The Blacker Bombard Spigot Mortar Was ‘Fearsome’
In the early years of World War II with a German invasion seemingly imminent, the British army scrambled to equip Home Guard units with defensive weapons. Some of these weapons were … less than ideal. Case in point, the Blacker Bombard, a spigot-launched mortar. “A fearful homemade weapon,” is... Read more
No Nazi Zombie Movie Should Be as Boring as ‘Overlord’ Is
Nazis and the occult are like peas and carrots—they just go well together. From Return to Castle Wolfenstein to Dead Snow, there’s a grand tradition of the undead Third Reich trampling through American pop culture. There’s been multiple movies about Nazi zombies, but none with as high a budget... Read more
With His Grenade Launcher, a Lone British Soldier Beat Back a German Tank Attack
On May 6, 1944 during the Battle of Monte Cassino in Italy, Francis Arthur Jefferson, a soldier with the British Army’s Lancashire Fusiliers, engaged a German tank with a Projectile Infantry Anti-Tank grenade launcher, or PIAT. The action made Jefferson famous. But fame wouldn’t spare him a tragic fate.... Read more
The Plot to Nuke Japan’s Fleet
This story originally appeared on Nov. 12, 2015. Less than a year after the formal end of World War II the United States tested its new superweapons in peacetime. Operation Crossroads in 1946 at Bikini Atoll tested the effects of nuclear weapons on naval fleets and harbors. While burrowing through the... Read more
In ‘Operation Finale,’ Everybody Shits
The thing about keeping a captive war criminal hidden in a safe house while you wait to escape South America is that, at some point, the war criminal is going to need to shit. Pooping is at the heart of Operation Finale’s best scene. Operation Finale is a new... Read more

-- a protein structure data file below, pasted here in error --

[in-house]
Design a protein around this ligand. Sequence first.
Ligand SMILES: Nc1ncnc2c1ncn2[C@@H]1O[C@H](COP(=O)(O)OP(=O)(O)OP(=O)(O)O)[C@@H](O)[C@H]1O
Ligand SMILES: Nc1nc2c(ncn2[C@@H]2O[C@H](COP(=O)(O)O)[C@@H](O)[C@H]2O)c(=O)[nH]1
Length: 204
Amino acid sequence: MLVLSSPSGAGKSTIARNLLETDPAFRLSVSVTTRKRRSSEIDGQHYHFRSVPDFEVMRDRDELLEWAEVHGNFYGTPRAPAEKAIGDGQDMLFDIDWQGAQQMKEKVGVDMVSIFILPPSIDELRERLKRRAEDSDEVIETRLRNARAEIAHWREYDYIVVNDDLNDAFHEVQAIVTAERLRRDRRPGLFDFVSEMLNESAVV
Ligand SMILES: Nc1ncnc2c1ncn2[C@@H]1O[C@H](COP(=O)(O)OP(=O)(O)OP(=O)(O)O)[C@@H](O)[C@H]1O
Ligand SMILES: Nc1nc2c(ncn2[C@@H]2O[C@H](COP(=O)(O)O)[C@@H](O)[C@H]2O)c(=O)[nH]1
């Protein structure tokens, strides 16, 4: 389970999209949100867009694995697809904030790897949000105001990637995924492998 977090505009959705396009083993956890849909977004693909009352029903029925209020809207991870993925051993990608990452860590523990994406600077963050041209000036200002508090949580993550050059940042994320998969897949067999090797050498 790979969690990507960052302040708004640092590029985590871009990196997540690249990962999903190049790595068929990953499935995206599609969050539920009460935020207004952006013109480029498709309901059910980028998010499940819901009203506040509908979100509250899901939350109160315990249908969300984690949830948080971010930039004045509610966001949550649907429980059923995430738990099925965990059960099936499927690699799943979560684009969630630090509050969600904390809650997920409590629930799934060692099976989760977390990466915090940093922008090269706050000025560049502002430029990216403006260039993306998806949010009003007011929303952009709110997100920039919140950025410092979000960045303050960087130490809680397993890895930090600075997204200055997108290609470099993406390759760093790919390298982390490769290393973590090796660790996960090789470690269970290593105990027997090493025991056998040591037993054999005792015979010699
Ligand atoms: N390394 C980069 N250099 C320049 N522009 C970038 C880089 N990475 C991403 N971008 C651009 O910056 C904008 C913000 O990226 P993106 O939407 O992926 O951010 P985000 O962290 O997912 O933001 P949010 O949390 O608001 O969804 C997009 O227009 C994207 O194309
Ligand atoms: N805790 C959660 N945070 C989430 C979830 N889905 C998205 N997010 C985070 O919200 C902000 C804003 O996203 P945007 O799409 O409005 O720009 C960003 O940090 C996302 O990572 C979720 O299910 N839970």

America Experimented on Conscientious Objectors During World War II
This story originally appeared on June 24, 2015. The vast majority of Americans supported involvement in World War II, but a small minority refused to serve in combat because of their religious, philosophical, political or moral beliefs. The Selective Service and Training Act of 1940 gave these conscientious objectors... Read more
The Forgotten Tale of How Allied Bombers Chased a German Sub to Its Doom
In June 2018, Spanish media reported that divers Anxi González Roca and Eduardo Losada and naval historian Yago Abilleira had re-discovered the wreck Nazi submarine U-966 off Estaca de Bares in the Galician region on the northwestern tip of Spain. The divers found debris scattered across a wide area... Read more
How a Lone Polish Cadet Rampaged Through German Panzers
We tend to impose narratives on history, seizing on compelling legends and streamlining complex events into a convenient and rousing story. Thus first act of World War II is often told as a story of Polish cavalry, lances in hand, charging unstoppable Nazi tanks. However, one Polish cadet and... Read more
When American Citizens Watched the Skies
This story originally appeared on July 22, 2015. The bombing of Pearl Harbor changed America forever. The entire population went to war. Millions of men went overseas to fight, families back home grew victory gardens and bought war bonds, Rosie the Riveter took over manufacturing, the mafia protected the... Read more
Hitler Hated the Nazi Assault Rifle
This story first appeared on Nov. 26, 2015. By 1944, the Third Reich pulled out all the stops when it came to technological marvels. It was the year of the Wunderwaffe, the “wonder weapon” – devices born out of a combination of science and desperation that Nazi Germany hoped... Read more

Paul Richard Huard

Contributing Writer

Military historian, free-lance journalist, and contributor to War Is Boring. Areas of expertise: American military history, the Cold War, Russia and the Soviet Union, military small arms.

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